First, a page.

Continued population growth could lead to protein deficiency in the human diet. To counteract this risk, attempts are being made to identify new edible sources of protein. The aim of this paper was to review the existing literature and to analyse the current state of yellow mealworm (Tenebrio molitor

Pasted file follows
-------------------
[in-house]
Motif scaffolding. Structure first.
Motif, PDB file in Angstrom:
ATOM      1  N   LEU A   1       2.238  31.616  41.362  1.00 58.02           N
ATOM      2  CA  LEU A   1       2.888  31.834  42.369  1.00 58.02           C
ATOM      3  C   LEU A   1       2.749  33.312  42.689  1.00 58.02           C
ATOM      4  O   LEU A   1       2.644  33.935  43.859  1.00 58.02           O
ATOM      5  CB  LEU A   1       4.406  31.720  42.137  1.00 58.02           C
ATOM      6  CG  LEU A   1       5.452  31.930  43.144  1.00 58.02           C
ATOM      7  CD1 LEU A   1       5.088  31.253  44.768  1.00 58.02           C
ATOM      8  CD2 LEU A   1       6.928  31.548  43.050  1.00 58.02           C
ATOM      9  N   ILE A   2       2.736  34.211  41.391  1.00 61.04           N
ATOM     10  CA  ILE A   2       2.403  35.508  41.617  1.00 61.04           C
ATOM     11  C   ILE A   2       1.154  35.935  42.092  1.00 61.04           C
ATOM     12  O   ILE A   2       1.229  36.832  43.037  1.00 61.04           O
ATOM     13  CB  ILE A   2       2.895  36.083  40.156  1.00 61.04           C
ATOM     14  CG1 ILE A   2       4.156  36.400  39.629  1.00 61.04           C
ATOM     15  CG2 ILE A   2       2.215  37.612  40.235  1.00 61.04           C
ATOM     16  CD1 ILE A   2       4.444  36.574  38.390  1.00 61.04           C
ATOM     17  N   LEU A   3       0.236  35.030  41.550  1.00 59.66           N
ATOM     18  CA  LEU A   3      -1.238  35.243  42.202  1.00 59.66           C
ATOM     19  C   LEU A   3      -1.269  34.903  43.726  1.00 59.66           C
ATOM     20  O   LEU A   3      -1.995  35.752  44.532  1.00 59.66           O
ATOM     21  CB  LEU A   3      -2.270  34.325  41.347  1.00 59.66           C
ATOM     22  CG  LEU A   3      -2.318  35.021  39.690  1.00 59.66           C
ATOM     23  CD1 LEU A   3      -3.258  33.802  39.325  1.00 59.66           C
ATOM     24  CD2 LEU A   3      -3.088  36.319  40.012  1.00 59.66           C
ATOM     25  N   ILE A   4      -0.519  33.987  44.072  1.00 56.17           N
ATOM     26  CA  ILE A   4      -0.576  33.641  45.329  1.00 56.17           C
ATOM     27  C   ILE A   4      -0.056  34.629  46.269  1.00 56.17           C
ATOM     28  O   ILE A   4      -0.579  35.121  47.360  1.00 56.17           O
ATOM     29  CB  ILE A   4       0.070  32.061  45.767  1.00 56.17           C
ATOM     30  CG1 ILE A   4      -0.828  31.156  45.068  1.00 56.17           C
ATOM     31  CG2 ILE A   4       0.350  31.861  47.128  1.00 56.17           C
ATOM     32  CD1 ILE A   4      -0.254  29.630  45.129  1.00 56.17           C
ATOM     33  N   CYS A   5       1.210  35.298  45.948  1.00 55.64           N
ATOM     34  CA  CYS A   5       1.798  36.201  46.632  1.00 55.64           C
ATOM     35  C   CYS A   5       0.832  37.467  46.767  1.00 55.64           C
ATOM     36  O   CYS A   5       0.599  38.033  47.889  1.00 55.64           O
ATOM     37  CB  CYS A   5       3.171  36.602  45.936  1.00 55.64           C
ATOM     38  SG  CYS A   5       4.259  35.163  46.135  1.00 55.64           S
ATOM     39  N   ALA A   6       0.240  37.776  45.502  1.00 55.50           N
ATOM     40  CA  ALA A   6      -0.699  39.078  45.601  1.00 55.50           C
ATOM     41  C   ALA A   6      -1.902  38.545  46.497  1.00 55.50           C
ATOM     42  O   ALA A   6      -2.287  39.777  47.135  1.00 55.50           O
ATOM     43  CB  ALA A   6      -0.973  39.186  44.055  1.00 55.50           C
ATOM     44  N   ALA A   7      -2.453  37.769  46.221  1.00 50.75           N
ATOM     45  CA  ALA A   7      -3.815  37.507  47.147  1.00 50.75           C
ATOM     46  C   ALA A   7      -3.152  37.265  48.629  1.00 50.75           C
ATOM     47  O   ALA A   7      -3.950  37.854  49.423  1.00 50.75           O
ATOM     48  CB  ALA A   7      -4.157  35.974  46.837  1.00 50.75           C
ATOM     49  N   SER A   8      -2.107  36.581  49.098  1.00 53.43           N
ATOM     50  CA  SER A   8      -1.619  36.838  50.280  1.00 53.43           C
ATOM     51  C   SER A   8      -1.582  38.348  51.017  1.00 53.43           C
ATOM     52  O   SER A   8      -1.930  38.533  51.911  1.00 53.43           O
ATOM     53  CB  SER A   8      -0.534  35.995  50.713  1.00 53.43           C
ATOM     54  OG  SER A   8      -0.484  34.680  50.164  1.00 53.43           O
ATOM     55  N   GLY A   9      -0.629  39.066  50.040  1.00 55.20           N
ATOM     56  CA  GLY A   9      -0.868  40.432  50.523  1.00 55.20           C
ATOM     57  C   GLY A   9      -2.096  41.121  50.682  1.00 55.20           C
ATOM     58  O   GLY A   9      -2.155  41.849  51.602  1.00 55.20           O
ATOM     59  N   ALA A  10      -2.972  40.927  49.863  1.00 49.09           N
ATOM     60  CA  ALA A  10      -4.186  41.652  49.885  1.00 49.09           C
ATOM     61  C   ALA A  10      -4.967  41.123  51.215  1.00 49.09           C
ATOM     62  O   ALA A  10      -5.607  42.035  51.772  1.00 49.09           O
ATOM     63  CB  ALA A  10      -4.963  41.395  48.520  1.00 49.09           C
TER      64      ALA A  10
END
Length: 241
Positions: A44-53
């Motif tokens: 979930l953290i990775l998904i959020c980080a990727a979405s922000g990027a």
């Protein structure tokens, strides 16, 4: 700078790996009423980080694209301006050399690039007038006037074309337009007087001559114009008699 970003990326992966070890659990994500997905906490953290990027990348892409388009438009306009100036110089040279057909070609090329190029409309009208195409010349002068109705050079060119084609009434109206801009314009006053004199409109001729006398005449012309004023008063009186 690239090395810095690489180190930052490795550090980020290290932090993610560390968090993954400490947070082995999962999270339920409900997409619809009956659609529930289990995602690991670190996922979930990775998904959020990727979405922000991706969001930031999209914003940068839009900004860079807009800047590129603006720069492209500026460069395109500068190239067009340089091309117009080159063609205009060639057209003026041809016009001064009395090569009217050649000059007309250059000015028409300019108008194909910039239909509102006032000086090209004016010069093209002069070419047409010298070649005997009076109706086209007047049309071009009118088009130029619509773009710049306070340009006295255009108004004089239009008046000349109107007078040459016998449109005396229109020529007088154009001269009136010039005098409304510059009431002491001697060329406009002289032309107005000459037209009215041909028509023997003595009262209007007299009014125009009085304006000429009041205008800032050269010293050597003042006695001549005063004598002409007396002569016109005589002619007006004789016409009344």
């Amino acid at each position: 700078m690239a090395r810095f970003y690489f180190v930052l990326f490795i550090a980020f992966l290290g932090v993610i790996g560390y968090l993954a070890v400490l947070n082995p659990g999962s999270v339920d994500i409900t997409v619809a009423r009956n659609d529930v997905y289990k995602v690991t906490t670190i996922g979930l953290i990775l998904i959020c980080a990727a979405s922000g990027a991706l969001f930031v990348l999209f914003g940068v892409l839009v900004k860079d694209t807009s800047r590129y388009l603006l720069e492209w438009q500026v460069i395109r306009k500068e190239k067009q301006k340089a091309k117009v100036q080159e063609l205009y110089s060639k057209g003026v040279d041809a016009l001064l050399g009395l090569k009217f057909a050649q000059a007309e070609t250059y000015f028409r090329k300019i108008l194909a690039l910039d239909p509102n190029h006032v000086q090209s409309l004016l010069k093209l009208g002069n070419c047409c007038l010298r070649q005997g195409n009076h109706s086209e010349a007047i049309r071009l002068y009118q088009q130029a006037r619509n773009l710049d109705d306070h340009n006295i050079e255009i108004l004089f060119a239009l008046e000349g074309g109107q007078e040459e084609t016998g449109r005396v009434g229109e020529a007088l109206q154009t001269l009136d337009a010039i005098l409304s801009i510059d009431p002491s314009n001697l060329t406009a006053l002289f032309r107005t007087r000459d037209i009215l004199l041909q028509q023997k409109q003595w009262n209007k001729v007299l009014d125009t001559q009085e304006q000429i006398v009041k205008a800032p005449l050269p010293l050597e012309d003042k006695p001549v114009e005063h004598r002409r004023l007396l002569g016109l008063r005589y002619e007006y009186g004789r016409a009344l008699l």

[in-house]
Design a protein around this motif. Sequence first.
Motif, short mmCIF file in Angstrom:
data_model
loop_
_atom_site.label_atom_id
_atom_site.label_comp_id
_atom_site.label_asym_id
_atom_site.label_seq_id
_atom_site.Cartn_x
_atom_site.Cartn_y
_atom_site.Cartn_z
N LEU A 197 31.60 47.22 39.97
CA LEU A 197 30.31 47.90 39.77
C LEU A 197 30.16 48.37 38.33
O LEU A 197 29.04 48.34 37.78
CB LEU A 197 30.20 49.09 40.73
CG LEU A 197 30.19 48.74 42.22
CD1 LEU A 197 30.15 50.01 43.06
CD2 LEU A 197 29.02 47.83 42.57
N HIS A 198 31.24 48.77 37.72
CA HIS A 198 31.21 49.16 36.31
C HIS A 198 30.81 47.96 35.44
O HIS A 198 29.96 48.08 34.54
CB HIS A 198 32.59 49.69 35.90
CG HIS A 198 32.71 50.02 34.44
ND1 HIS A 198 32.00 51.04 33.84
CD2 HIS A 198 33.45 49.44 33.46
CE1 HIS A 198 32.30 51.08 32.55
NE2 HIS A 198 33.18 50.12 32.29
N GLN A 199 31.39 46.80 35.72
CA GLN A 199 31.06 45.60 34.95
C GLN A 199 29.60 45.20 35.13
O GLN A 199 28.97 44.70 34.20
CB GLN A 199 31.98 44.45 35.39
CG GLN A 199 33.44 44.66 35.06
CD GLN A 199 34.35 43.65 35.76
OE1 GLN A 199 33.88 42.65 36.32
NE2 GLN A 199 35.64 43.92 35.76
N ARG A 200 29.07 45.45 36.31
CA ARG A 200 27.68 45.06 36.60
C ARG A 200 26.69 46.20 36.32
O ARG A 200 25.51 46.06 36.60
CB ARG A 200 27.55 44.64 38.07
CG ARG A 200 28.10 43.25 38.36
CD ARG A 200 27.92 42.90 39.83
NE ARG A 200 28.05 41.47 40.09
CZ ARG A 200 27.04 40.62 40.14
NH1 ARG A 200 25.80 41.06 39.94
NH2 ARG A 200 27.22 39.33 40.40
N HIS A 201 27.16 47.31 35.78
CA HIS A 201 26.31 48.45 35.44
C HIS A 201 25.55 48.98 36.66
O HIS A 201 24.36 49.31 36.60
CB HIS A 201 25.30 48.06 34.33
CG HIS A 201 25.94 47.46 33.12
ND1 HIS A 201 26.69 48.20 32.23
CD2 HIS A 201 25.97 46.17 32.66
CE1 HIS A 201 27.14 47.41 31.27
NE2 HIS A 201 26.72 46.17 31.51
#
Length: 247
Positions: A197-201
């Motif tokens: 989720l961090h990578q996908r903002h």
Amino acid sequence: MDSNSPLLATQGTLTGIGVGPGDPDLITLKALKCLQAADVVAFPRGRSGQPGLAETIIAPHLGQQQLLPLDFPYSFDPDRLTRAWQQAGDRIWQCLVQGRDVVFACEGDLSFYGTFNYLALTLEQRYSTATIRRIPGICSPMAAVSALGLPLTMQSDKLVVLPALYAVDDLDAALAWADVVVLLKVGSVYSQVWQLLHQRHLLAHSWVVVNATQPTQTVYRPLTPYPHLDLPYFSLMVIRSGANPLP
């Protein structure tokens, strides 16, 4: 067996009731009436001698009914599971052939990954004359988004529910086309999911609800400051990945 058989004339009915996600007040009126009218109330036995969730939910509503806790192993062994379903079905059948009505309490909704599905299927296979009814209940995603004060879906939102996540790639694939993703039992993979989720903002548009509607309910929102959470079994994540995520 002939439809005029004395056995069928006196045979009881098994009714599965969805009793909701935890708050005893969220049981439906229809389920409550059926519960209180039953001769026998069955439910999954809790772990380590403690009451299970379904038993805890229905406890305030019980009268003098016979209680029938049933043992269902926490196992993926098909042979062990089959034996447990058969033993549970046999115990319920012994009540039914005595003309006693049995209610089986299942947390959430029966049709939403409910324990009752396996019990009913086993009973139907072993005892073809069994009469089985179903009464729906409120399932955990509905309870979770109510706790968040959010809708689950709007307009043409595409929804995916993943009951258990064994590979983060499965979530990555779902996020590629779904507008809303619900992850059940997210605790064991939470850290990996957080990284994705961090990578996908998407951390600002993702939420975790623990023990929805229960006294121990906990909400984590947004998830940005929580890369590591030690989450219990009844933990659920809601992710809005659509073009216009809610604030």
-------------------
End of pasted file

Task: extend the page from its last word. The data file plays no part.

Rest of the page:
) rearing for food and feed, especially in Europe. The yellow mealworm is the most widely bred and traded insect species in Europe that has high feed conversion ratio; 3.4 to 6.1 kg of feed ingested per kg of harvested larvae. Mealworms could compete with livestock due to their high protein and fat content and low environmental impact. Mealworms have been extensively researched as a source of feed for animals, including poultry, fish, pets and birds. Its nutrient content depends on the processing method, where thermal processing is least desirable. Mealworms are characterised by a high and variable microbial load which has to be reduced before consumption. The antibiotics, pesticides and other substances should also be analysed to ensure that mealworms are a safe protein source for human consumption. The nutritional benefits of mealworms have to be communicated to European consumers who are generally averse to eating insects.
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